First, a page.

A professor at the University of Toronto, Weinrib is one of Canada’s foremost authorities on constitutional law. Born in Toronto, she is the daughter of Toronto-born parents, Louis Eisenstat (1912–1979), a bookkeeper, and Helen (née Levy) Eisenstat (b. 1918), a homemaker. Weinrib was educated at York University (B.A. in classics summa cum laude, 1970), the University of Toronto (LL.B., 1973), and Yale University (LL.M., 1985).
After becoming a barrister and solicitor, Weinrib was employed as a crown law officer by the Ministry of the Attorney General of Ontario for twelve years, dealing most of that time with constitutional issues. During those years, Canada adopted a new constitution and a Charter of Rights and Freedoms. As a result, constitutional questions were of paramount concern to lawyers, governments, and the general public. Weinrib’s responsibilities as a crown law officer and as deputy director for constitutional law and policy (1987–1988) included liaison between the governments of Ontario and Canada; vetting proposals from all ministries for constitutional validity; arguing constitutional issues before the Supreme Court of Canada; and planning the reorganization of the constitutional work of the Ontario provincial government.
In 1988, Weinrib was appointed to the Faculty of Law at the University of Toronto with a cross appointment to the Department of Political Science. She has been a visiting professor and Fulbright Fellow at the University of Michigan Law School (1993) and a visiting professor at the Hebrew University in Jerusalem (Halbert Exchange Fellow, 1994), the University of the Witwatersrand in Johannesburg (1994), and the Tel Aviv University Faculty of Law (2001). She has served as a consultant to the Israeli judiciary on constitutional issues and studies the impact of Canadian law on Israeli jurisprudence, especially in the areas of constitutional and human rights legislation.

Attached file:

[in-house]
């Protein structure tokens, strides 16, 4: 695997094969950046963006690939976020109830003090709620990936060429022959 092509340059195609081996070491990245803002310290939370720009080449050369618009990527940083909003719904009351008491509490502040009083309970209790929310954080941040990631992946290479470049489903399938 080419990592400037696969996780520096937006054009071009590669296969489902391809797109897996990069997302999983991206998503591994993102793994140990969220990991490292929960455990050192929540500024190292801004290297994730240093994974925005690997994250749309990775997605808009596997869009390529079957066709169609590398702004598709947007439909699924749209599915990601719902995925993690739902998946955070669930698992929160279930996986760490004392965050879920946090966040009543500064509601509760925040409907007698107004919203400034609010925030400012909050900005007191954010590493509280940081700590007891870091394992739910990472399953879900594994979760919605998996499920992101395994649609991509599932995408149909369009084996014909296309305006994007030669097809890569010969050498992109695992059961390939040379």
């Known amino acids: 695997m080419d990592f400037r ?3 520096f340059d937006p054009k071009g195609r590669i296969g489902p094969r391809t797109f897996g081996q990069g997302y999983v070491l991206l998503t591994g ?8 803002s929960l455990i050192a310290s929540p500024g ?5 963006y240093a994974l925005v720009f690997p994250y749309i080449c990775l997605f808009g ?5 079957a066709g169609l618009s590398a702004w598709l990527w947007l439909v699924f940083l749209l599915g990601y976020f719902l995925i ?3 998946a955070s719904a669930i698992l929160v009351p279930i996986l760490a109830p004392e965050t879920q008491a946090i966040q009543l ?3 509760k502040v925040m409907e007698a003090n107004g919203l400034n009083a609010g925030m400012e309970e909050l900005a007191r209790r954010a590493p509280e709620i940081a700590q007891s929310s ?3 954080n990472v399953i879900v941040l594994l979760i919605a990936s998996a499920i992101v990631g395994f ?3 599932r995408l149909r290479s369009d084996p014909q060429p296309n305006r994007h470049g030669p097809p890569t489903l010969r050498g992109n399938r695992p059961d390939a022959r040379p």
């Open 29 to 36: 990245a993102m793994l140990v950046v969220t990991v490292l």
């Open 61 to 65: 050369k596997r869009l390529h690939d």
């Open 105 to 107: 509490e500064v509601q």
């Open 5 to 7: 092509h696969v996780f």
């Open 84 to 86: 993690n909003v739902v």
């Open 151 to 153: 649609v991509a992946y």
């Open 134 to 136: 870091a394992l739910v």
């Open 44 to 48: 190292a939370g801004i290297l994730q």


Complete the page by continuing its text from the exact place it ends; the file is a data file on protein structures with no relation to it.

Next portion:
Weinrib publishes, lectures, and consults widely. Her publications include “‘Do Justice to Us!’ Jews and the Constitution of Canada,” in Not Written in Stone, edited by Daniel Elazar, Michael Brown, and Ira Robinson (Ottawa, 2003) and “Hate Promotion in a Free and Democratic Society,” in Hate Speech and the Constitution, edited by S. J. Heyman (New York, 1996). Recent conference presentations range from “The Charter’s [Charter of Rights and Freedoms] Impact: Assessing the First Twenty Years,” the keynote at the 2002 Isaac Pitblado Lectures sponsored by the Law Society of Manitoba, the University of Manitoba, and the Manitoba Bar Association, to “The Canadian Roots of Constitutional Rights Protection in Israel,” at the Jerusalem Conference in Canadian Studies (2002). In addition to consulting in Israel, Weinrib serves on the editorial advisory boards of the University of Alberta Centre for Constitutional Studies and New York University’s journal of comparative constitutional law.
In 1970, Weinrib married Ernest J. Weinrib (b.Toronto, 1943), a professor of law and classics at the University of Toronto. They have three children: Aliza (b. 1977), Sara (b. 1979), and Jacob (b. 1982). Weinrib has three siblings: Marilyn (b. 1945), Barbara (b. 1951), and Sholom (b. 1956) Eisenstat.